I generally use R-Tech IV EPS (expanded polystyrene) on the exterior. It’s made by Insulfoam (800/248-5995, insulfoam.com) and has an R-value of 4.8 per inch at 40°F. (The R-value actually increases as temperatures drop.) I typically install 6 inches — two layers of 3-inch. R-Tech has a polyethylene facing that helps it shed water, though the edges are unfaced. This has led to some concern that moisture might get into the foam board at joints and be unable to get out. But CCHRC tests in the rainy southeast of Alaska have shown that R-Tech performs well in REMOTE walls and that moisture entrapment is not a problem.

Some builders have used XPS (extruded polystyrene) foam, which has a slightly higher R-value and has also performed well on monitored projects.

Note that in cold Fairbanks, I can carry the EPS below grade with no fear of insect damage. Although some foams contain a borate additive intended to repel insects, the treatment may leach out over time in wet soils. In situations where insect damage poses a threat, holding the exposed foam above grade and using a termite shield is a safer option.

On the inside, I supplement the exterior foam with fiberglass batts.

Airtightness and Blower-Door Test

Covering the house with rigid foam board creates a potentially tight structure, but it’s the barrier membrane applied to the sheathing that does most of the work.

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In a REMOTE wall, the sheathing is covered with a barrier membrane — either peel-and-stick.

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6-mil polyethylene sheeting, or, in wet climates or beneath EIFS cladding.

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A wrinkled drainage material such as StuccoWrap. Installed before the roof is framed, the barrier membrane extends over the top plates and is later sealed to the poly air barrier on the ceiling of the house’s top floor.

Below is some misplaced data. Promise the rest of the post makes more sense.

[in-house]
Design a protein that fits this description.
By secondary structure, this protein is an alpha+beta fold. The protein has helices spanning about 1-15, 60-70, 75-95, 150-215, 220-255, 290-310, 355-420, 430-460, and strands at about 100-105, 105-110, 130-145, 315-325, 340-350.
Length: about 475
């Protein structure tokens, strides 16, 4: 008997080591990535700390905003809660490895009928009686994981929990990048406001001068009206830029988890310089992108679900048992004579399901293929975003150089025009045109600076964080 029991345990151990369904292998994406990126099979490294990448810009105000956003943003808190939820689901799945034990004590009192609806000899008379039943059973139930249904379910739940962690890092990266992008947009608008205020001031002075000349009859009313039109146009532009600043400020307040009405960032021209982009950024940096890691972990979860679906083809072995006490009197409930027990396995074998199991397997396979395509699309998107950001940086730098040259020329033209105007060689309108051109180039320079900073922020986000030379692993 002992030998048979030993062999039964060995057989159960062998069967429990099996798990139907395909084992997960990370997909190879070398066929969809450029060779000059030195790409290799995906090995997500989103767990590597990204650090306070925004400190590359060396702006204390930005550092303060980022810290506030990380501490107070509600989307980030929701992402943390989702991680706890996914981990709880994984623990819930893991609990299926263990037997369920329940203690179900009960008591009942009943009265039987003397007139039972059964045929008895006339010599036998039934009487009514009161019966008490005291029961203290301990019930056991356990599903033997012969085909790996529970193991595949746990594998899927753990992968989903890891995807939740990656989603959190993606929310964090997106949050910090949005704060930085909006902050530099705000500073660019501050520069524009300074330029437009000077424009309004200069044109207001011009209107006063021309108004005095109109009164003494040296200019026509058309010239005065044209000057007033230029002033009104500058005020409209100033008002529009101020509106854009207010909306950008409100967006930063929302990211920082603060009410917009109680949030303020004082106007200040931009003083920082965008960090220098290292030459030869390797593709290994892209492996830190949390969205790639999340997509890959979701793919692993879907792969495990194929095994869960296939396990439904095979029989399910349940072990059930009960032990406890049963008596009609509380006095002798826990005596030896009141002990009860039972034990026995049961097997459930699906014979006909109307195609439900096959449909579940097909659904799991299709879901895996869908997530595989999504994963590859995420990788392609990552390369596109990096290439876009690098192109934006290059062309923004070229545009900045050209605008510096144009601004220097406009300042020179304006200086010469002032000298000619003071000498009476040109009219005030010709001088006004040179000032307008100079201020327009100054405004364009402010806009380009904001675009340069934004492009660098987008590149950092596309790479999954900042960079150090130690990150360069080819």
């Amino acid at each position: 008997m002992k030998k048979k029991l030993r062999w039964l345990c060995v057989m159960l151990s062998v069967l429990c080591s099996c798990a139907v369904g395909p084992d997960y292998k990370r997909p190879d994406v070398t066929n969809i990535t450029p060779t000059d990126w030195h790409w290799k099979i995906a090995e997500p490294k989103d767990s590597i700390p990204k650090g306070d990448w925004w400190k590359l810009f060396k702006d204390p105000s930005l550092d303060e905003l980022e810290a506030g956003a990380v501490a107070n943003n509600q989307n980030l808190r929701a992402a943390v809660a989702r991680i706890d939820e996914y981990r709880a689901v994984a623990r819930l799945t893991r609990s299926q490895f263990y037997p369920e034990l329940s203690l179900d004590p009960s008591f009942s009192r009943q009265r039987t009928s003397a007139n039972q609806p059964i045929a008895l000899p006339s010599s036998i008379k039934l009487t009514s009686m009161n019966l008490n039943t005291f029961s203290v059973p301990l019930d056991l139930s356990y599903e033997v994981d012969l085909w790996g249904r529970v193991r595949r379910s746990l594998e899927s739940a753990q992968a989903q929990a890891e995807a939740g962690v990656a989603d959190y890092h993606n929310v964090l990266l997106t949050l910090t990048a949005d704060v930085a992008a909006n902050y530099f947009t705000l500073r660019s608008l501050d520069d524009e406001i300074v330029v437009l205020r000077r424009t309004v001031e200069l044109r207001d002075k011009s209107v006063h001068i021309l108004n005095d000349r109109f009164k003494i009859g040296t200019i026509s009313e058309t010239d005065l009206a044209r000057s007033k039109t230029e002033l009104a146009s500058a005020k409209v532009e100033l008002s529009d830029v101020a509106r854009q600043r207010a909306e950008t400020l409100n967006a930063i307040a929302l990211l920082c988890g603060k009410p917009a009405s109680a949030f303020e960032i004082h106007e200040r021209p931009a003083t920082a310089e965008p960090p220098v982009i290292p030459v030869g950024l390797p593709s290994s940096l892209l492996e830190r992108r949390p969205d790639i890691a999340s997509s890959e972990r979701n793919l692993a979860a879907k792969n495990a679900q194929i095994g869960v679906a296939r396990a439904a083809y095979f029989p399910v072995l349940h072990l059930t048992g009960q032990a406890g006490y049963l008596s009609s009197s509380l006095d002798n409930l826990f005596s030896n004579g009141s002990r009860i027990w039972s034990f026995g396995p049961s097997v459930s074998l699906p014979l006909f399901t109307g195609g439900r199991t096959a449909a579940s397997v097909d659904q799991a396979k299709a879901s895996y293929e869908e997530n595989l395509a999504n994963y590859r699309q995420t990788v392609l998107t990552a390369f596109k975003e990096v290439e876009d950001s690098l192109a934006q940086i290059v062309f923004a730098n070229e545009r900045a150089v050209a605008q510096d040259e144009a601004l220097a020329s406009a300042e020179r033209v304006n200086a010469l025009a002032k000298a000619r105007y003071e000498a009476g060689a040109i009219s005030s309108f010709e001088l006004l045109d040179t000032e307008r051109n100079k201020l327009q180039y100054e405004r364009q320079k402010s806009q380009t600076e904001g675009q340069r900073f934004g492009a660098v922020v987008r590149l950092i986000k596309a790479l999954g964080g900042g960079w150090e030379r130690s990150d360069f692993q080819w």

The earliest REMOTE walls used peel-and-stick membranes; this produced an incredibly airtight, waterproof shell but it was expensive. So most builders switched to less expensive materials — 6-mil poly or, in very wet zones, vapor-permeable drainage wraps such as Tyvek StuccoWrap or DrainWrap. Poly works fine in Fairbanks, which is fairly dry; in rainy southern Alaska, the Tyvek products are the usual substitute for peel-and-stick. The reason is that rainwater might travel through a nail hole and get trapped behind poly, whereas using a housewrap will allow for evaporation to the outside. (StuccoWrap or something similar is also used on REMOTE houses that receive an EIFS cladding, per the EIFS manufacturer’s specifications.)

On the inside, the 6-mil poly continues across the ceiling below the attic. To avoid stack-effect exfiltration, we refuse to install recessed light fixtures in the ceiling poly and even avoid putting sealed electrical boxes there, pushing customers to put upper-floor lighting fixtures in the walls instead. On most of our jobs the plumbing stack is the only thing that penetrates the lid. Access to the attic is through a gable wall, preferably above an attached garage.

Performance test. Installing the barrier membrane and exterior foam doesn’t in itself guarantee that the structure is airtight. The only way to do that is to do a blower-door test. This is a critically important step in achieving a tight shell, and you have to do it when you can still access the leaks. If you hold off doing the blower-door test until the insulation and drywall are installed, it’ll be too late.

We wait until the electrical, plumbing, and mechanical subs have done their rough-ins, then hang the drywall over the ceiling air barrier. The blower door depressurizes the interior and shows us where the leaks are. There’s no insulation in the stud bays at this point, so it’s easy to seal wall leaks from the inside, using spray foam and acoustical sealant. The attic has not yet been insulated, so we can plug those leaks working from above. When the house is finished, an independent energy rater performs a second blower-door test as part of an energy audit.

Our goal is an airtightness of 0.6 air changes per hour at a pressure of 50 pascals (ACH50) — the same standard required for a Passive House. We’ve achieved this with the 6-mil poly barrier and have gotten down to 0.3 ACH50 with a peel-and-stick membrane. The best we’ve done with StuccoWrap is 0.8 ACH50.